U doktorskome radu Pijanistice zagrebačke sredine s kraja 19. i prve polovine 20. stoljeća u svjetlu suvremenoga pijanizma i glasovirske pedagogije razmatra se udio i uloga pijanistica u početnim stadijima razvoja pijanizma u zagrebačkoj sredini. Teorijski okvir od kojega rad polazi feministička su muzikološka istraživanja, napose ona čija je namjera proširiti vidno polje discipline kako bi se uključile žene. Budući da su znanstvena istraživanja pijanizma u zagrebačkoj sredini još uvijek rijetka, ovaj rad donosi prikaz povijesti pijanizma u navedenu razdoblju, raščlanjujući je u tri etape: od pojave instrumenata s tipkama do osnutka klavirne učione glazbene škole Hrvatskoga glazbenoga zavoda 1872. godine, od 1872. do osnutka Muzičke akademije u Zagrebu 1920. godine i naposljetku od 1920. do 1945. godine, u razdoblju obilježenome pedagoškom djelatnošću rodonačelnika Zagrebačke pijanističke škole Svetislava Stančića i prvih generacija njegovih diplomanada i diplomandica. Istraživanje se temelji na proučavanju dostupnih primarnih izvora, prije svega ostavština pijanistica, kao i relevantnih sekundarnih izvora. Zastupljenost pijanistica kao nastavnica i učenica u glazbeno-obrazovnome sustavu, a potom i u javnoj koncertnoj djelatnosti, analizira se kvantitativno, a individualna postignuća pojedinih pijanistica istražuju se kvalitativno prateći nekoliko kriterija: njihovo obrazovanje kao ishodište pijanističke djelatnosti, utjecaj pojedinih europskih pijanističkih škola na njihovo pijanističko formiranje, opseg i karakter njihove koncertne djelatnosti, opseg i karakter njihova pedagoškoga rada i naposljetku posebnosti poput redaktorskoga rada ili vođenja glazbeno-obrazovnih ustanova. Rezultati istraživanja pokazuju nezaobilazan utjecaj pijanistica na razvoj hrvatskoga pijanizma u navedenu razdoblju, unatoč društvenim okolnostima koje nisu bile naklonjene intelektualnom i javnom umjetničkom djelovanju žena toga vremena.
|Abstract (english)|| |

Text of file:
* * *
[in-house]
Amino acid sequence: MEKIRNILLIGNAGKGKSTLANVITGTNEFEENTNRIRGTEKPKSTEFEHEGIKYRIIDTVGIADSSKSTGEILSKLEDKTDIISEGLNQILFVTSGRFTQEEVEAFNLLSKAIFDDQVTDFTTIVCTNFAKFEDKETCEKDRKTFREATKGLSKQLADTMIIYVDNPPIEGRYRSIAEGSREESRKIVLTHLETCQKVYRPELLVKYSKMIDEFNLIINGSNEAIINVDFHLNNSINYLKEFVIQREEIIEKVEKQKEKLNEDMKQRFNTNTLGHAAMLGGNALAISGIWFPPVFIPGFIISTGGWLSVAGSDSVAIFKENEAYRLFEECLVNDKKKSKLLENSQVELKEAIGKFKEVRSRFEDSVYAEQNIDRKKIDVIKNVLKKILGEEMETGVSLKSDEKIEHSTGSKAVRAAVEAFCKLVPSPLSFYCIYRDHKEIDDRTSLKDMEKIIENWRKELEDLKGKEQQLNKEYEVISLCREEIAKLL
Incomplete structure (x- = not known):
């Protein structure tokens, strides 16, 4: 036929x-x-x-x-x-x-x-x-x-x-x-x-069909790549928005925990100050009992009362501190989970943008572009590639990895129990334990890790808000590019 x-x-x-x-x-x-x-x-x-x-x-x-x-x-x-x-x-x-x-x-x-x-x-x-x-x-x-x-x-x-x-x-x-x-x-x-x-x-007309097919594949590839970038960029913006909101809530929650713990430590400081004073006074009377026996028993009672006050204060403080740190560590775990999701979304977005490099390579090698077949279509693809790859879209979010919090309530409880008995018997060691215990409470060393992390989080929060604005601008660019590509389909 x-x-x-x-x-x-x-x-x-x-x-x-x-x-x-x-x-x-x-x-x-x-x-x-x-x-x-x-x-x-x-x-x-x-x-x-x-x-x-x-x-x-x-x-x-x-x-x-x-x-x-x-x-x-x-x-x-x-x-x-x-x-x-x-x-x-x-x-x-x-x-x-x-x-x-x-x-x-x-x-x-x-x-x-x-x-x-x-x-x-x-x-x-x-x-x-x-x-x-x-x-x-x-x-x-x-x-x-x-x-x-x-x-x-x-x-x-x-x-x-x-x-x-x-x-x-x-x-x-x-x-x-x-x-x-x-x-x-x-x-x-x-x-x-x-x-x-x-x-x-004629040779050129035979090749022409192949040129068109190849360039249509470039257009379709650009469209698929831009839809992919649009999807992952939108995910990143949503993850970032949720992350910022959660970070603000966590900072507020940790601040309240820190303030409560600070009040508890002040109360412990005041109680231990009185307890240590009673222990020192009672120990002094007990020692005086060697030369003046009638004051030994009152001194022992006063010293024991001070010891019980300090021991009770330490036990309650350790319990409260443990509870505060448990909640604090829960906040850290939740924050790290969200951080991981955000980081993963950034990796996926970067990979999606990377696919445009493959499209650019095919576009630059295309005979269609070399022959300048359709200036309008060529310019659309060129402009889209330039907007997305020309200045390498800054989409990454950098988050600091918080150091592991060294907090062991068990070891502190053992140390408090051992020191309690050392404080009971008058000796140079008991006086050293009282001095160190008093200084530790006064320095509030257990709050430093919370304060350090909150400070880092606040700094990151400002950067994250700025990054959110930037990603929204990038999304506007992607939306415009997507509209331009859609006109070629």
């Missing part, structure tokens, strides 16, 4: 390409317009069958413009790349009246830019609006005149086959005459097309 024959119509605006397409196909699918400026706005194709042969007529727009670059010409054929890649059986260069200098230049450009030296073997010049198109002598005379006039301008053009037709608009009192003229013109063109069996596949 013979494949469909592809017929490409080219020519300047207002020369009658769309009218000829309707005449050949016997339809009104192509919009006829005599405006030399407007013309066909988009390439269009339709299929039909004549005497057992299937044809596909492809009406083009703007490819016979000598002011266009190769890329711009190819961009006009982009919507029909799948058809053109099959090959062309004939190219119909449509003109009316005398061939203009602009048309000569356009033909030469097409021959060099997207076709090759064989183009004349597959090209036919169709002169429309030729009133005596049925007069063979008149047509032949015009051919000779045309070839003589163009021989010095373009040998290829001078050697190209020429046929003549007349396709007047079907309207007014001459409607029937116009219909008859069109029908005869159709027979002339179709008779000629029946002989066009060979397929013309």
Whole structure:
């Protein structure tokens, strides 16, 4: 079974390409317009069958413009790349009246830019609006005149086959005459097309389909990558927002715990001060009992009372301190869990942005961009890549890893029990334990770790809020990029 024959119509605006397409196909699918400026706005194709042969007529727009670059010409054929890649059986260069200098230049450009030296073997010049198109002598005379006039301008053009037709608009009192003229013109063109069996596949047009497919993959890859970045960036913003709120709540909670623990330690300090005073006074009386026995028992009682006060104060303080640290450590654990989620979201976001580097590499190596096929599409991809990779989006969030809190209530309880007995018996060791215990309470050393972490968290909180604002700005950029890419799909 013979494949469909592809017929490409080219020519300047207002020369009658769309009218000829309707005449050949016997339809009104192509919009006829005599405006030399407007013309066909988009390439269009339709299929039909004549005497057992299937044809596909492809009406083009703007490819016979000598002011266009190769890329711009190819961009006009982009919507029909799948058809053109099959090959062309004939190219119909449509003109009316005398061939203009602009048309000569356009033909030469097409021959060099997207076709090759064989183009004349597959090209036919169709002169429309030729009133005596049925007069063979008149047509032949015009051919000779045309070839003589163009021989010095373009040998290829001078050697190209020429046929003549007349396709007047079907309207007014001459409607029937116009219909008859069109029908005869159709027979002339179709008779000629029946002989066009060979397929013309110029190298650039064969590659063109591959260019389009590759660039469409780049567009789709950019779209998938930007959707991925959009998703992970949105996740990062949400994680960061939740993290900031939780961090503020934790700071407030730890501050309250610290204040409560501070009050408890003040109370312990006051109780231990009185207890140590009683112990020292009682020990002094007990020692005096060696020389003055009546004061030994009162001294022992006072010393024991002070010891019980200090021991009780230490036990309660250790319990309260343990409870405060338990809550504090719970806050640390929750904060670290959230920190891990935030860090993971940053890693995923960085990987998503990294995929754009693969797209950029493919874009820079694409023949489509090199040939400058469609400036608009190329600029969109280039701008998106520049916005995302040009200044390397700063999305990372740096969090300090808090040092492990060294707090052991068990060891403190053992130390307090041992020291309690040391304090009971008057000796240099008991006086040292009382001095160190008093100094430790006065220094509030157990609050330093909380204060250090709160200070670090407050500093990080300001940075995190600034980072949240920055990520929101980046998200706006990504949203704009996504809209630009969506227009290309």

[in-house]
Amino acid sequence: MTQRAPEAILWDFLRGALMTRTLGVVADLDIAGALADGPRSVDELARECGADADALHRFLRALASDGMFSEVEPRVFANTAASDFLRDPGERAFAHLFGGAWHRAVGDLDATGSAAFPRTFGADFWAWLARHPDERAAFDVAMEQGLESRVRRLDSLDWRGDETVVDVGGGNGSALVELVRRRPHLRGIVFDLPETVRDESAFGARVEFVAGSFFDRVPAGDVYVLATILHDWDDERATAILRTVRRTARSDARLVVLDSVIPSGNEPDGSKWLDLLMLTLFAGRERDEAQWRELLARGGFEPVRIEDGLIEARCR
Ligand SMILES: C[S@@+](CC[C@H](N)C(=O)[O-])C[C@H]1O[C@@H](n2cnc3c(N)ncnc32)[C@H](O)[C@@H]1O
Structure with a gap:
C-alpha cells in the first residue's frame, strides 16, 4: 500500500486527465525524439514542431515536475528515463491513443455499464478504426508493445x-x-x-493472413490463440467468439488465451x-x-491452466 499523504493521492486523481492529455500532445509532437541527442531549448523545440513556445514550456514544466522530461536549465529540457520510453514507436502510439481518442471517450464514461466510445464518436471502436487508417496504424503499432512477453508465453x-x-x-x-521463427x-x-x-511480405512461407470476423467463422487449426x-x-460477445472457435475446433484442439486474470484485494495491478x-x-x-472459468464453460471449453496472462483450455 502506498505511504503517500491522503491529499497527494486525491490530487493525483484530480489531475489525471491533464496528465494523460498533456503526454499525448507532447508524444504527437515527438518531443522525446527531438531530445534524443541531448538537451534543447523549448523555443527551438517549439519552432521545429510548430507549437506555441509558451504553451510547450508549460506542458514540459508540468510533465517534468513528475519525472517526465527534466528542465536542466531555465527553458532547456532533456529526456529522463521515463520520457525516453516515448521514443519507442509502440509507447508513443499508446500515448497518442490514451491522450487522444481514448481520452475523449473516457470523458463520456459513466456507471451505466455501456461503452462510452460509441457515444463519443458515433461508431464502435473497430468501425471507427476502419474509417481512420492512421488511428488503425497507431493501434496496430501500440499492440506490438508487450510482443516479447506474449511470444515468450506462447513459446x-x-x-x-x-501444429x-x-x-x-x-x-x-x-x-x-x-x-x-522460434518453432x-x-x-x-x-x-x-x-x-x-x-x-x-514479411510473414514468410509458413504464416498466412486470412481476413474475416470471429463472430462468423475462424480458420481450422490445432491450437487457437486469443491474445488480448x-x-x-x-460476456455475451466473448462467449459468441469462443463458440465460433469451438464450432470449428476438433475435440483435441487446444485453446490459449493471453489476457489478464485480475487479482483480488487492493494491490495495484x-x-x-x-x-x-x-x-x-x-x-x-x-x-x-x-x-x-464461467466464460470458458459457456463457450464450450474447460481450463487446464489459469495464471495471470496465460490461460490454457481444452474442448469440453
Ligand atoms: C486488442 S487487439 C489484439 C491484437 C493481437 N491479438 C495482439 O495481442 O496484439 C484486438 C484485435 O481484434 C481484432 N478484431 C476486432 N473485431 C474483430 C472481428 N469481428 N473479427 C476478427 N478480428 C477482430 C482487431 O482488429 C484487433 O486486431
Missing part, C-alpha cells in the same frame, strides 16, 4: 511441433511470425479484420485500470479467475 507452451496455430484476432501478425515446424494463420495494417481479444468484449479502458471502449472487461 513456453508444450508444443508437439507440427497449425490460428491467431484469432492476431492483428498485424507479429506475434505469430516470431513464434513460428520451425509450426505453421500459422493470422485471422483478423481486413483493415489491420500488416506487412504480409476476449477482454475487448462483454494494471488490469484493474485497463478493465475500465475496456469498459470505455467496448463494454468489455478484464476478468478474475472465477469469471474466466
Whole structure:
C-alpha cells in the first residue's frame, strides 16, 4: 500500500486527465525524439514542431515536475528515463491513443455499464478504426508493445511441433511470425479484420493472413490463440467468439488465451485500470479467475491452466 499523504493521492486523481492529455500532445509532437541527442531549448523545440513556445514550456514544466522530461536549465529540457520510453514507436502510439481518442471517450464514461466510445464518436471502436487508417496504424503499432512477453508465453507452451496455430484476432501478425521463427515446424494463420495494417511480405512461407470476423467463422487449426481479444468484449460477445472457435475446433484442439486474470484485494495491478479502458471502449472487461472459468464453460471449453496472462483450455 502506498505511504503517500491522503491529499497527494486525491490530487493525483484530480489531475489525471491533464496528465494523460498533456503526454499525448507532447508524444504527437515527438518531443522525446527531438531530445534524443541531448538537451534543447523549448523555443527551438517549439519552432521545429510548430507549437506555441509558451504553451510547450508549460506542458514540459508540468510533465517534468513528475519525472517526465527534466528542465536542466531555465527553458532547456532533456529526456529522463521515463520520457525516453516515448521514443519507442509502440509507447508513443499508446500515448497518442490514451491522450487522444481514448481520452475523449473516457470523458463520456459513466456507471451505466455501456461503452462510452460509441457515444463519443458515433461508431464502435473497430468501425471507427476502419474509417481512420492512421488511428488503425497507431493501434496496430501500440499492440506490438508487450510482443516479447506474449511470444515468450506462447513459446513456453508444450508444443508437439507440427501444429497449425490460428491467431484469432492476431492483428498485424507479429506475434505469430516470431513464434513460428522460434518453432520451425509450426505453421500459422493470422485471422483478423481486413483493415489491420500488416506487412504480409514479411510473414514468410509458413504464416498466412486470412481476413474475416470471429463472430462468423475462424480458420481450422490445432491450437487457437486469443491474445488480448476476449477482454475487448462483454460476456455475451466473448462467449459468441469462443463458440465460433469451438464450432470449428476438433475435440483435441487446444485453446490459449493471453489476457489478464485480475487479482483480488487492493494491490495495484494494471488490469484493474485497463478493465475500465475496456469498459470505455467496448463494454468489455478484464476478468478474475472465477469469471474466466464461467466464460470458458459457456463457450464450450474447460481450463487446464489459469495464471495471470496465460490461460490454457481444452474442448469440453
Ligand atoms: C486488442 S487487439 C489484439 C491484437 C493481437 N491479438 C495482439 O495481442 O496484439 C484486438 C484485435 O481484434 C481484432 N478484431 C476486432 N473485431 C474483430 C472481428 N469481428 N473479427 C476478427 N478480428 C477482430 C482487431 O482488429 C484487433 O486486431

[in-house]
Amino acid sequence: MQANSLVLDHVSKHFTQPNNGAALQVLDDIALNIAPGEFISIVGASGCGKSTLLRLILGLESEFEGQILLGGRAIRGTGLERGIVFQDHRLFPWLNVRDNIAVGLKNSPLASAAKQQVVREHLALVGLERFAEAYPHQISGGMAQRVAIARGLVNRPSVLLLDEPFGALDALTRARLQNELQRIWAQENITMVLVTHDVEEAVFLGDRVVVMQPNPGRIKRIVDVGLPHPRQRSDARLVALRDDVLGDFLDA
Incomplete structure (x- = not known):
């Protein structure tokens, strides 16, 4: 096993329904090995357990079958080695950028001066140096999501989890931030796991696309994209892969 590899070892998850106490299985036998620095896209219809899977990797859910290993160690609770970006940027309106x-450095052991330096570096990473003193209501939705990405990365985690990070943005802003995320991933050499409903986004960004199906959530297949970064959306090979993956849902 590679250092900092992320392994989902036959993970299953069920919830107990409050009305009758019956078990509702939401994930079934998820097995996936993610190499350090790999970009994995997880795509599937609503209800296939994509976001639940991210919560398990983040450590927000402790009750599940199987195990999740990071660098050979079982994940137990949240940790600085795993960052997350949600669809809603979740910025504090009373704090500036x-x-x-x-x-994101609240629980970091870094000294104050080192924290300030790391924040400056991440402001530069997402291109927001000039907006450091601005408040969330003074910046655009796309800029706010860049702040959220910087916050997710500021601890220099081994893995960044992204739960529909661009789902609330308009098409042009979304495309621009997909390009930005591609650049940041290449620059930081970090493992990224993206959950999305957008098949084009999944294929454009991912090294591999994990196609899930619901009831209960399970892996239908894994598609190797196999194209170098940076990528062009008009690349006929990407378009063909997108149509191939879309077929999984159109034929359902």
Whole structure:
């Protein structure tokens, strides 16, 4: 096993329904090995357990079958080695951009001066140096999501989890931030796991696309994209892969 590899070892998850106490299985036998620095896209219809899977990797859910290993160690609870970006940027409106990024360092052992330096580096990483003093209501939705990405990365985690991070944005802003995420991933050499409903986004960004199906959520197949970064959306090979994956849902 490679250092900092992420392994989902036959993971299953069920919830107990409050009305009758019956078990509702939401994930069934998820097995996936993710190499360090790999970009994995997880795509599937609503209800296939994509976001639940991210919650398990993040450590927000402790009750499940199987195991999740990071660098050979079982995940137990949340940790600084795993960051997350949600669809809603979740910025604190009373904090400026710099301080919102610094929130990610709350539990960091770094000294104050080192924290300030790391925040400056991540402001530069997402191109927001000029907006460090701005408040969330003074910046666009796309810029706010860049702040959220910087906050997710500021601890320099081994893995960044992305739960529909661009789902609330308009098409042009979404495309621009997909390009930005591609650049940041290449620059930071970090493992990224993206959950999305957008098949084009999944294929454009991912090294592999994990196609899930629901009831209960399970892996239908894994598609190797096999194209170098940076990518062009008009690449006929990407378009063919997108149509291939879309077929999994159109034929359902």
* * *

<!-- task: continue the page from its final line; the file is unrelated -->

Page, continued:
The doctoral dissertation Female pianists of Zagreb environment at the end of 19th and in the first half of the 20th century, in the light of contemporary pianism and piano pedagogy presents research based on a study of the role of female pianists in the formative processes of the development and affirmation of pianism in the Zagreb environment. The underlying theoretical framework is the feminist musicological research conducted under the so-called “New musicology” movement, with the aim of reconstructing the history of pianism in the Zagreb environment, in order to analyze the role and activity of women within this environment and assign them to the narrative of Croatian music history. Research of pianism in the Zagreb environment is still rare. Therefore, this work presents a first overview of the development of pianism from the earliest appearance of keyboard instruments to the first private piano lessons, followed by their institutionalization and finally the creation of the so-called Zagreb school of pianism, while following the development of concert activity and piano pedagogy. The research is based on a study of available primary sources, primarily the legacy of female pianists, as well as relevant secondary sources yet to be systematized, evaluated, and interpreted as systematic scientific insights into the topic of local pianism. The introductory chapter presents theoretical starting points of the research and positions it within the framework of feminist musicological research. It also contains a literature review, with emphasis on the rare occurrences of systematic research of pianism in Zagreb, consisting mainly of partial overviews of individual pianists or specific segments of their work. This chapter describes the research methodology used to confirm the initial hypothesis and emphasizes the aim and motivation of the author, who approached this topic from the perspective of her own experience in pianism. In order to contextualize the research within the framework of European pianism, the first chapter examines the most important determining factors in the history of pianism, from the invention of the piano to its golden age, and analyzes the contributions of individual pianists, with a focus on the widespread 19th century perception of the piano as a female instrument. Also investigated are the characteristics and influence of the development of national schools of pianism, with emphasis on their founders and most prominent representatives. The last part of the chapter contains an overview of gender/sex topics in the context of pianism, from stereotypes assigned to the piano in the 19th century to the theory of phallocentricity present in the pianist profession even today. The second chapter contains an review of the development of pianism in the Zagreb environment, from the first mentions of keyboard instruments to the end of the 19th century, including occurrences such as private piano lessons, guest performances of foreign pianist virtuosi, and finally the institutionalization of piano lessons in the piano classroom at the Croatian Music Institute music school, which eventually developed into the Zagreb Academy of Music in the early 20th century. A part of this chapter is devoted to the analysis of pianist concert activity in Zagreb and the share of female pianists performing in public concerts. The next two chapters analyze the activity of individual female pianists within the framework of the piano classroom, i.e. the Department of Piano, Organ and Harp of the Zagreb Academy of Music, with primary focus on their share among piano students, graduates and teachers, followed by an analysis of their individual contributions to the development of pianism as a whole. Also examined is the creation and development of the Zagreb school of pianism and the activity of its founder, Svetislav Stančić, whose piano pedagogy significantly influenced female pianists from this work. Data about the number of female pianists in concert activity and all levels of music education was obtained through quantitative analysis, followed by an analysis of individual achievements of female pianists based on several criteria: education as a source of artistic activity, influence of European piano schools on their formation as pianists, and the scope and nature of their activities in concerts and pedagogy. The conclusion provides guidelines for systematic future research of local pianist activity, outside the Zagreb environment and beyond the limited time frame of research presented in this work. The analysis of the contributions of female pianists in music education institutions and the realization of individual artistic and reproductive achievements in late 19th and in the first half of the 20th century has revealed their important influence on the development of Croatian pianism, despite the social circumstances and prejudices that worked against the intellectual and artistic activity of women at the time.